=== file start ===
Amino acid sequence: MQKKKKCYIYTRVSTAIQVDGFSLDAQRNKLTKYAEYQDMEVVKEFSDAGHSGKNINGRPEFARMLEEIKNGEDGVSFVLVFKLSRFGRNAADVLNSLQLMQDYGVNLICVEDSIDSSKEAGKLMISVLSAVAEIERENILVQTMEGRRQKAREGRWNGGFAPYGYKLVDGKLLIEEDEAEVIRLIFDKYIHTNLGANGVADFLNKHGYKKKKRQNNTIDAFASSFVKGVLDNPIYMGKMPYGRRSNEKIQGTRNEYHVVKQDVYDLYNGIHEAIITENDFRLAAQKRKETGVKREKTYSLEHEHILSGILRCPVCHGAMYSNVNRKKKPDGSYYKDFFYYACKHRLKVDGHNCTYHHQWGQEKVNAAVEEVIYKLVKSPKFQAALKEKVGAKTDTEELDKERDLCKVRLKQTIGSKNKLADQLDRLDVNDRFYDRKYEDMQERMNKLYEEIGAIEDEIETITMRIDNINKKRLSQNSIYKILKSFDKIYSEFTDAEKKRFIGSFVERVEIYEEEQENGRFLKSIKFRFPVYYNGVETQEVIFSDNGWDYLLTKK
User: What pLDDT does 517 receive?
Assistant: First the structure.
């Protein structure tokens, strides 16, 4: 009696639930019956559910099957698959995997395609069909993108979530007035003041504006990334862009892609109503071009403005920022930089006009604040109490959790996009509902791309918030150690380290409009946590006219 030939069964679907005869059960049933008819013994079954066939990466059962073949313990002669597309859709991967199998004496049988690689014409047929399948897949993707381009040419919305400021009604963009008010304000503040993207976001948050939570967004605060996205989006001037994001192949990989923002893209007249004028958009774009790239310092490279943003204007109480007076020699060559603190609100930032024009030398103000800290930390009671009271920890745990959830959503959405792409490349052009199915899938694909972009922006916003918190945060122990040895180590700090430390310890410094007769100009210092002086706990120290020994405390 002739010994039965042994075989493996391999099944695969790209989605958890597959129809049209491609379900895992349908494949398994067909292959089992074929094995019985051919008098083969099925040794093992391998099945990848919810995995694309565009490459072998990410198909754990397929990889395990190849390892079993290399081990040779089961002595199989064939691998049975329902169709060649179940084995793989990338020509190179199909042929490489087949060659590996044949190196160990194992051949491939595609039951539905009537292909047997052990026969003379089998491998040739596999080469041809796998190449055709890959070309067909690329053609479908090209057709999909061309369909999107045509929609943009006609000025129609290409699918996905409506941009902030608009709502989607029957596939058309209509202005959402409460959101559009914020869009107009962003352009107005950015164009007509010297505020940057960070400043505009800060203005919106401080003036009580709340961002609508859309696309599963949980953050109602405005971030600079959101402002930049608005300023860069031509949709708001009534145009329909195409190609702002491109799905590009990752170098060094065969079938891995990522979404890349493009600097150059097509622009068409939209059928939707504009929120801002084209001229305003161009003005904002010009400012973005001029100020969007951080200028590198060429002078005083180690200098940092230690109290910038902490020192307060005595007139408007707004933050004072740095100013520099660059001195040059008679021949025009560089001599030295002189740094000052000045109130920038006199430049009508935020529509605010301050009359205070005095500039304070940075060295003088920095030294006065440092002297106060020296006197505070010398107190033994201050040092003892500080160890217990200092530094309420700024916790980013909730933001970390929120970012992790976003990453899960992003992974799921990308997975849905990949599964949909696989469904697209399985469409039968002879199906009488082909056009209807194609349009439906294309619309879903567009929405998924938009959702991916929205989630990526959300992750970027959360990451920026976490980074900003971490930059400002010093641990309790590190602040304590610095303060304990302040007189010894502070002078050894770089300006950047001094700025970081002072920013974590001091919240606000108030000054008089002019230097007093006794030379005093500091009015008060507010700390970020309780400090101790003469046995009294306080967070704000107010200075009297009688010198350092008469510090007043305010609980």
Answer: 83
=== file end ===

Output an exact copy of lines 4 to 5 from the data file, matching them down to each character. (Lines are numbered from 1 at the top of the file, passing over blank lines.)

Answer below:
């Protein structure tokens, strides 16, 4: 009696639930019956559910099957698959995997395609069909993108979530007035003041504006990334862009892609109503071009403005920022930089006009604040109490959790996009509902791309918030150690380290409009946590006219 030939069964679907005869059960049933008819013994079954066939990466059962073949313990002669597309859709991967199998004496049988690689014409047929399948897949993707381009040419919305400021009604963009008010304000503040993207976001948050939570967004605060996205989006001037994001192949990989923002893209007249004028958009774009790239310092490279943003204007109480007076020699060559603190609100930032024009030398103000800290930390009671009271920890745990959830959503959405792409490349052009199915899938694909972009922006916003918190945060122990040895180590700090430390310890410094007769100009210092002086706990120290020994405390 002739010994039965042994075989493996391999099944695969790209989605958890597959129809049209491609379900895992349908494949398994067909292959089992074929094995019985051919008098083969099925040794093992391998099945990848919810995995694309565009490459072998990410198909754990397929990889395990190849390892079993290399081990040779089961002595199989064939691998049975329902169709060649179940084995793989990338020509190179199909042929490489087949060659590996044949190196160990194992051949491939595609039951539905009537292909047997052990026969003379089998491998040739596999080469041809796998190449055709890959070309067909690329053609479908090209057709999909061309369909999107045509929609943009006609000025129609290409699918996905409506941009902030608009709502989607029957596939058309209509202005959402409460959101559009914020869009107009962003352009107005950015164009007509010297505020940057960070400043505009800060203005919106401080003036009580709340961002609508859309696309599963949980953050109602405005971030600079959101402002930049608005300023860069031509949709708001009534145009329909195409190609702002491109799905590009990752170098060094065969079938891995990522979404890349493009600097150059097509622009068409939209059928939707504009929120801002084209001229305003161009003005904002010009400012973005001029100020969007951080200028590198060429002078005083180690200098940092230690109290910038902490020192307060005595007139408007707004933050004072740095100013520099660059001195040059008679021949025009560089001599030295002189740094000052000045109130920038006199430049009508935020529509605010301050009359205070005095500039304070940075060295003088920095030294006065440092002297106060020296006197505070010398107190033994201050040092003892500080160890217990200092530094309420700024916790980013909730933001970390929120970012992790976003990453899960992003992974799921990308997975849905990949599964949909696989469904697209399985469409039968002879199906009488082909056009209807194609349009439906294309619309879903567009929405998924938009959702991916929205989630990526959300992750970027959360990451920026976490980074900003971490930059400002010093641990309790590190602040304590610095303060304990302040007189010894502070002078050894770089300006950047001094700025970081002072920013974590001091919240606000108030000054008089002019230097007093006794030379005093500091009015008060507010700390970020309780400090101790003469046995009294306080967070704000107010200075009297009688010198350092008469510090007043305010609980």
Answer: 83